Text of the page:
What seems to be Tom's prime motivation in agreeing to the devil's terms?

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Tom Walker 's prime motivation for agreeing to the devil's terms is to get his hands on the buried treasure of the pirate Kidd. Tom schemes to keep the treasure for himself and not share it with his wife; this is a function of the story's satirical subplot about marriage....

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Tom Walker's prime motivation for agreeing to the devil's terms is to get his hands on the buried treasure of the pirate Kidd. Tom schemes to keep the treasure for himself and not share it with his wife; this is a function of the story's satirical subplot about marriage. His wife tries to work her own deal with the devil to cut Tom out of the treasure and is killed in her attempted transaction with "Old Scratch."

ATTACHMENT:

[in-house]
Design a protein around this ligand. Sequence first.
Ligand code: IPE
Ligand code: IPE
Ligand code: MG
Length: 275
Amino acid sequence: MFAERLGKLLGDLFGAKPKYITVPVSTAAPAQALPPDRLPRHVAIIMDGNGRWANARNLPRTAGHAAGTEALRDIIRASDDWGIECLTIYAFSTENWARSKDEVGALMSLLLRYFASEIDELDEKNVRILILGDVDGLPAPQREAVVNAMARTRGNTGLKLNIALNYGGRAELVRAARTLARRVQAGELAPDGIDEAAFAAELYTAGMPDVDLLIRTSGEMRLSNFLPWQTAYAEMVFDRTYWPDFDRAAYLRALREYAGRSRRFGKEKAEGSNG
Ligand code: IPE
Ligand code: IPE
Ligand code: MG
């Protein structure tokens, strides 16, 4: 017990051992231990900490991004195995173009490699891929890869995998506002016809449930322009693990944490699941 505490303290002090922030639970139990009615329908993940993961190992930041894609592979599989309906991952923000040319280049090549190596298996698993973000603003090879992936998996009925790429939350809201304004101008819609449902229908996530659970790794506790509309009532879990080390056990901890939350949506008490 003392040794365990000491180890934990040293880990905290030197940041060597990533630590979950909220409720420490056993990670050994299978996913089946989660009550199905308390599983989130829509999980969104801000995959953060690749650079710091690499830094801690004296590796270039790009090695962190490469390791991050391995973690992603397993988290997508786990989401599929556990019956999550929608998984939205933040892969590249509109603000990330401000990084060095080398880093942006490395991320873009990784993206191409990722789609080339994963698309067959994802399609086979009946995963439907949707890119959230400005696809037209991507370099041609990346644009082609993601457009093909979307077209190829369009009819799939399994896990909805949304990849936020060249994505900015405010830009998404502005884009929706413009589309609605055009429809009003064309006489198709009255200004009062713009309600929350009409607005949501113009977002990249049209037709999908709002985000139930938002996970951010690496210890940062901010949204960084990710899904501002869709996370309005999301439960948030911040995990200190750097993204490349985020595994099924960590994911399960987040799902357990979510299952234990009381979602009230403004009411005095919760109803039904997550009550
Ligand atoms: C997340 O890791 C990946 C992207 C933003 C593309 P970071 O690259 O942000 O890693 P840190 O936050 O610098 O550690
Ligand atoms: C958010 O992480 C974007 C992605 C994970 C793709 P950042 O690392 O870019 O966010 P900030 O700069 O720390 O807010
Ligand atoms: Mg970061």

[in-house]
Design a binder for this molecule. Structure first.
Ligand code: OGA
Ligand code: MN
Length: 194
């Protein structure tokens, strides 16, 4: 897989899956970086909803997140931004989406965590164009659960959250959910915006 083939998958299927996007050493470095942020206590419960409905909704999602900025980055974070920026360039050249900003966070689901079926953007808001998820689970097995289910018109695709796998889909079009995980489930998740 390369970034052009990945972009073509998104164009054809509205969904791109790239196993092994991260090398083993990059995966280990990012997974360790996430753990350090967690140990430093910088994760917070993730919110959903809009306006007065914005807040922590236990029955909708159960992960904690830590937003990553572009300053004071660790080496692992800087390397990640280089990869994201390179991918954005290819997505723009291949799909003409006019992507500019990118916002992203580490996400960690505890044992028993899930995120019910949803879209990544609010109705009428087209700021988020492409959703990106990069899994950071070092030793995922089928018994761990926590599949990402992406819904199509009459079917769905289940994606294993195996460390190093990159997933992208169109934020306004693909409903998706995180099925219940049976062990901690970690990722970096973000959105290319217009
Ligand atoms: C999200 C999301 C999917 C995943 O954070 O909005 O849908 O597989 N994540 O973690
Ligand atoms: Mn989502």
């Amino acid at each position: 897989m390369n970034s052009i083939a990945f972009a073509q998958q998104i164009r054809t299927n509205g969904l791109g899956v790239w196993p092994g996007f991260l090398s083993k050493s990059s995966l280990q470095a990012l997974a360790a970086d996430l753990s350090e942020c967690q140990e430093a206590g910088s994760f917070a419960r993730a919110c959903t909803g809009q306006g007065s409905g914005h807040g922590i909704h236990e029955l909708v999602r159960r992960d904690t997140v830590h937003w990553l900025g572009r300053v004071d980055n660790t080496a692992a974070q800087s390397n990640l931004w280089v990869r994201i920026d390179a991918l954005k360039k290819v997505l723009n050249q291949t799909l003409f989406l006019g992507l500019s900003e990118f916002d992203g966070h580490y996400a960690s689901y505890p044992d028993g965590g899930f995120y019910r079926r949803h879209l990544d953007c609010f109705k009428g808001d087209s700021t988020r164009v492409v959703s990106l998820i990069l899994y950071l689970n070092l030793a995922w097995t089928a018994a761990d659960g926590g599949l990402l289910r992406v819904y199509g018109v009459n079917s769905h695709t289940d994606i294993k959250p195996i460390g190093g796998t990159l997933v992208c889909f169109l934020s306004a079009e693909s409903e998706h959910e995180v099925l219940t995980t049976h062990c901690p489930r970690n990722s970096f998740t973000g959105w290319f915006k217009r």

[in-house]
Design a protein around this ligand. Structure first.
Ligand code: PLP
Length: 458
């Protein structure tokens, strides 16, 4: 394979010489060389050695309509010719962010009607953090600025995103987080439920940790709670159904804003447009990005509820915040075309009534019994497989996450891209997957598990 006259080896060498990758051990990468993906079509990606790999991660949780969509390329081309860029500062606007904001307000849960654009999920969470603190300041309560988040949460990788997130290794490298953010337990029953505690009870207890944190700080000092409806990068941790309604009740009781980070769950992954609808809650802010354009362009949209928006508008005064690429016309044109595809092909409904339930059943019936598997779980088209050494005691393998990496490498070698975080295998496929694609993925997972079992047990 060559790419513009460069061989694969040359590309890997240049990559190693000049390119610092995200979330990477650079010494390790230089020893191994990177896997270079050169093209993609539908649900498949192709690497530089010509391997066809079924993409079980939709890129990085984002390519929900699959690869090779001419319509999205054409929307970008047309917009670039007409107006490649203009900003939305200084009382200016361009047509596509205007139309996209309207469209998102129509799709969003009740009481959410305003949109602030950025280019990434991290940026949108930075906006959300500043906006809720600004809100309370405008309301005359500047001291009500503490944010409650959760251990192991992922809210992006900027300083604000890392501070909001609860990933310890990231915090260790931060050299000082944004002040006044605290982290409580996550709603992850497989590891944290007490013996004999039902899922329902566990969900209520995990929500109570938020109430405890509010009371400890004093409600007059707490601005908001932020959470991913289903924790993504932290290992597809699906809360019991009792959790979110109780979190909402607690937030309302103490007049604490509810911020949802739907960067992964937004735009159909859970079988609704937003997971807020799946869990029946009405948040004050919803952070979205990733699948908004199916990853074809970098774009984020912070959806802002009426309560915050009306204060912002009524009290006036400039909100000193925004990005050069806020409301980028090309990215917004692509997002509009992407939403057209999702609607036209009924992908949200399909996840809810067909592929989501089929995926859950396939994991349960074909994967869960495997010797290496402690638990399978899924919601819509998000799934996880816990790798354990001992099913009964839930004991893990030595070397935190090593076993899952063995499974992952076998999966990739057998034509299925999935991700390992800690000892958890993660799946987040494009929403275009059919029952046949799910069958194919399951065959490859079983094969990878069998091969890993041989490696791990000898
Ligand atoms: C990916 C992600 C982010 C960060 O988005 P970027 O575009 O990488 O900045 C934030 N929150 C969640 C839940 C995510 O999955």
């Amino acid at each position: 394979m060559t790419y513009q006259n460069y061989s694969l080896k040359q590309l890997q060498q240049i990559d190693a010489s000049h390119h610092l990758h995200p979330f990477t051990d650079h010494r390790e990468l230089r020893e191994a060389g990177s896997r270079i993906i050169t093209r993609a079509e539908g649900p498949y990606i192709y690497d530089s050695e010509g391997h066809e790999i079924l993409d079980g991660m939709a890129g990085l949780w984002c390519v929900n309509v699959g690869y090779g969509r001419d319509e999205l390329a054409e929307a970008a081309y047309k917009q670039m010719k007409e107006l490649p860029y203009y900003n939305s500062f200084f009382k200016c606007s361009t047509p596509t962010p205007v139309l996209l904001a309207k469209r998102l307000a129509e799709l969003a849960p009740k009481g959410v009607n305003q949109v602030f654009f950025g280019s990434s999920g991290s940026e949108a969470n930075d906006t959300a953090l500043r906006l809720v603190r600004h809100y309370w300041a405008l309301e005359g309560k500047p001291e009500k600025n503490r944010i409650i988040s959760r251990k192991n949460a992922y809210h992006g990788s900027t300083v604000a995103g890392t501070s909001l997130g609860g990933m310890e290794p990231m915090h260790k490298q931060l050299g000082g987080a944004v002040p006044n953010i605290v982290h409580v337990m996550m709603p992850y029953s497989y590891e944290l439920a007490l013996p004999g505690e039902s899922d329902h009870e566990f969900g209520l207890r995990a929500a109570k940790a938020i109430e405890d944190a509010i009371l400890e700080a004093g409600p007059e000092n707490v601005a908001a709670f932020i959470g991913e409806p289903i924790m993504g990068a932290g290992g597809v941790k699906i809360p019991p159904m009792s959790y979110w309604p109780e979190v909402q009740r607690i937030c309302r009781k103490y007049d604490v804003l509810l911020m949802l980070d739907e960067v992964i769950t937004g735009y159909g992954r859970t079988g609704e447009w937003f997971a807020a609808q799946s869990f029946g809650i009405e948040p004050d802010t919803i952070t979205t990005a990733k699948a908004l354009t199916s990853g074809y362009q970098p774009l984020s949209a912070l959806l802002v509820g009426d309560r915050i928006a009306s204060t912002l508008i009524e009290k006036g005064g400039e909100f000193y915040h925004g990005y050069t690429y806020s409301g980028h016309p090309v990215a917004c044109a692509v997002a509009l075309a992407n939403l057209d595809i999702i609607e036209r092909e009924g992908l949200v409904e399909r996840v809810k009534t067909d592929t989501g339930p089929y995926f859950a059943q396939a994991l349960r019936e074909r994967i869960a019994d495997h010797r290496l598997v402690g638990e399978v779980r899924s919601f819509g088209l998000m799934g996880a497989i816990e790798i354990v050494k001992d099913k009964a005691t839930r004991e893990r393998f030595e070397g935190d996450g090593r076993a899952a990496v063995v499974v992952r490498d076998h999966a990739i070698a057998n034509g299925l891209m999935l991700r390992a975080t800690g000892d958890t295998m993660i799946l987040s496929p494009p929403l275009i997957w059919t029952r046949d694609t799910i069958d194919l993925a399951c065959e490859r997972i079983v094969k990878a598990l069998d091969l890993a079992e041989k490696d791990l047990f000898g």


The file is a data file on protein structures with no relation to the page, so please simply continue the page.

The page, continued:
When he receives the treasure, Tom purchases a grand home that he neglects to furnish, and a stable in which he keeps horses that he is too cheap to feed. 

In return for Kidd's treasure, the devil requires Tom to become a usurer, a person who lends money at very high interest rate, AND the devil will claim Tom's soul when he dies.  

 

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